Cyber Crime

That the existence of democratic space and liberal discourse is shrinking in today’s India is a naked truth. Rabid polarization, communal disharmony, crony capitalism and stringent crack down of all the opposing voices against the government are realities of the day. With laws being thwarted and manipulated, brazen attempts to compromise the integrity of the legislature, executive, judiciary and the media are on full display. A 24×7 operating propaganda machinery ensures that the dubious motives of the ruling party are fulfilled, no matter how grave and atrocious the violations of people’s rights are. From religious discrimination in the form of CAA-NRC against Muslims to anti farmer laws, from anti trade union stand to flouting of environmental rules and tribal rights, the present dispensation is unleashing all its might in converting a democratic secular republic to an authoritarian dystopia.

Executions of new online and offline tactics go a long way in cementing and sustaining the idea of such a shrewd totalitarianism to continue masquerading as a benevolent democracy. The recent notification of Indian Cyber Crime Coordination Centre (I4C) under the Ministry of Home Affairs inviting Cyber Crime Volunteers is one such stealth weapon bearing unlimited potential in pitting citizens against each other. As per the notification, any Indian citizen could get associated by registering in any of three categories of cyber volunteer – Cyber Volunteer Unlawful Content Flagger for identifying online illegal and unlawful content like child pornography, rape and gang rape, militancy, radicalization, anti-national activities and reporting to the government; Cyber Awareness Promoter for creating awareness about cyber crime among citizen including vulnerable groups like women, children and elderly, and rural population; Cyber Expert for dealing with specific domains of cybercrime, forensics, network forensics, malware analysis, memory analysis and cryptography.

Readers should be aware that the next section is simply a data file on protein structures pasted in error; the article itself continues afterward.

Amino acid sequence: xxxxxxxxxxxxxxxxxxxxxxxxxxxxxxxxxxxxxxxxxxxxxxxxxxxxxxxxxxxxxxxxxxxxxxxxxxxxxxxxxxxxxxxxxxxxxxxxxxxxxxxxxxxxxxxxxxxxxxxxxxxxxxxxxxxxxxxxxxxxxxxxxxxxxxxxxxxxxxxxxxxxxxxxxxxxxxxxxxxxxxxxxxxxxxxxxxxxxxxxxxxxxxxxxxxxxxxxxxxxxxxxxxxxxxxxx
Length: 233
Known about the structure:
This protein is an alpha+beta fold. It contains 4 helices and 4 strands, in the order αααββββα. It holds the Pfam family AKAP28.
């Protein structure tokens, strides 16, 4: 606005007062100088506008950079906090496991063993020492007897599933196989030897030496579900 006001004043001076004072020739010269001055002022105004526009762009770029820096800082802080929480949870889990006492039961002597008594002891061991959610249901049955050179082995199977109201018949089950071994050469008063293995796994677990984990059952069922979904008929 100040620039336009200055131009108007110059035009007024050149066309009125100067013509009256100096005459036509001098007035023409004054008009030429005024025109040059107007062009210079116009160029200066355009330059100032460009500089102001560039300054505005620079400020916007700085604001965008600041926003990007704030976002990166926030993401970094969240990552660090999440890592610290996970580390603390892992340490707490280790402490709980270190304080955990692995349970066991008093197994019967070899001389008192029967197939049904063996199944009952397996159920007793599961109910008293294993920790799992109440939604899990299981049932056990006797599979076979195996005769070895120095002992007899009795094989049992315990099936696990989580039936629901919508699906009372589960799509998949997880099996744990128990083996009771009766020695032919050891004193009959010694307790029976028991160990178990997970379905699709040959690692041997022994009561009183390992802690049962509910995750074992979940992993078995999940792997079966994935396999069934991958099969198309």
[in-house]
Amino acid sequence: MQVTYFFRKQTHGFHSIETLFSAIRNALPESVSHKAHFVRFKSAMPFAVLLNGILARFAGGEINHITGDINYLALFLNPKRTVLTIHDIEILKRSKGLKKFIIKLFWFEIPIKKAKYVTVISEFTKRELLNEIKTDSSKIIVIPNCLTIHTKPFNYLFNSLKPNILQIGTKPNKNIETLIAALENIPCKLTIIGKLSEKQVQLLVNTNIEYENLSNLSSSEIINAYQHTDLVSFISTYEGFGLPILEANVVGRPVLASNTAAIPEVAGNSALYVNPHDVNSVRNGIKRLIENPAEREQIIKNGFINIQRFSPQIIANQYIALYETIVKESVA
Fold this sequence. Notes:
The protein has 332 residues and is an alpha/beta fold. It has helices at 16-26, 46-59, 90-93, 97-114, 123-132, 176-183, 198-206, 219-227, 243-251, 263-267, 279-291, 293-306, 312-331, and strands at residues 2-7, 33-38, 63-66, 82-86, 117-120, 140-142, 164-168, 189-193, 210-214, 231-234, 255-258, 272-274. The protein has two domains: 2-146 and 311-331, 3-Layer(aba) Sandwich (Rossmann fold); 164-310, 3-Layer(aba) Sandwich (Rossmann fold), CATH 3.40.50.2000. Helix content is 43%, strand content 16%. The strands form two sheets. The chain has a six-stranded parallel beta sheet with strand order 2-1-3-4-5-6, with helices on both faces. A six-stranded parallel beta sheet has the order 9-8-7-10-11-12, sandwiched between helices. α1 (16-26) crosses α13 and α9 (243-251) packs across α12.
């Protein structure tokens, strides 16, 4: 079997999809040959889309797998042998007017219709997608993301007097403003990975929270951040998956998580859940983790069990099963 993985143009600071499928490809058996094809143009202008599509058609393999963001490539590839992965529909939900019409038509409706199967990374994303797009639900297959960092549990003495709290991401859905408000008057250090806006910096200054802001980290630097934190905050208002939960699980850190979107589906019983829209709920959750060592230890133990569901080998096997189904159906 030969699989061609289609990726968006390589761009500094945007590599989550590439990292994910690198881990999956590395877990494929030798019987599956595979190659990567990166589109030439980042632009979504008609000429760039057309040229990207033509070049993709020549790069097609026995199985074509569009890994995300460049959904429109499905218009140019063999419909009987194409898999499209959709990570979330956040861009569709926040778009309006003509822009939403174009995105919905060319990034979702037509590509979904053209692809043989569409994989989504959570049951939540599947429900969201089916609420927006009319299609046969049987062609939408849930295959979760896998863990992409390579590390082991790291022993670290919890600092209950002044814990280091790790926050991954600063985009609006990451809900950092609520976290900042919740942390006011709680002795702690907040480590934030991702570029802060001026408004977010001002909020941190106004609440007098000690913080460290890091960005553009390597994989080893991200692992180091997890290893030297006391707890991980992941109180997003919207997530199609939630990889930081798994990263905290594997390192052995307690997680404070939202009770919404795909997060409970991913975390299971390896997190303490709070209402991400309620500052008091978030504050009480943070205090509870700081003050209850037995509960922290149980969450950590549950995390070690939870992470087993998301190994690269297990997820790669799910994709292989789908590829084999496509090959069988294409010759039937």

As per the ministry, the programme will be initially rolled out in the Union Territory of Jammu and Kashmir and the North Eastern state Tripura, and after verifying the implementation feedbacks, it will be gradually extended throughout the country. Regarding the registration of volunteers, the portal says that those who sign up cannot use this programme for any commercial gain or issue any public statement about their association. They are also “prohibited from using the name or claiming association” with MHA on any public platform. It says the volunteer shall “maintain strict confidentiality of task assigned/carried out by him /her.” Also the registration seeking form says the State Nodal Officer of States/UTs also reserves the right to take legal action against the volunteer, in case of violation of terms and conditions of Cyber Volunteer Program. To participate, the portal demands willing citizens to furnish personal details, including name, details of the parents, contact details and email address. However, these will not be verified separately.

A basic reading of this notification itself raises numerous questions regarding the framework of operation, authenticity of procedures, accountability of the participants and those above them, and the constitutional and legal validity of rolling out such an exercise. For instance, let’s look at a few keywords specified – radicalization, anti national activities etc. Who defines the meanings of these words that have wider connotations in different contexts? How the interpretation will be done and shared? And even if it is done, how will it be ensured that such an interpretation is in lines with the existing legal and constitutional values? In a socio political environment filled with hatred and other-ing, what is the guarantee that people will not use such a dubious position to settle personal and political vendetta against each other?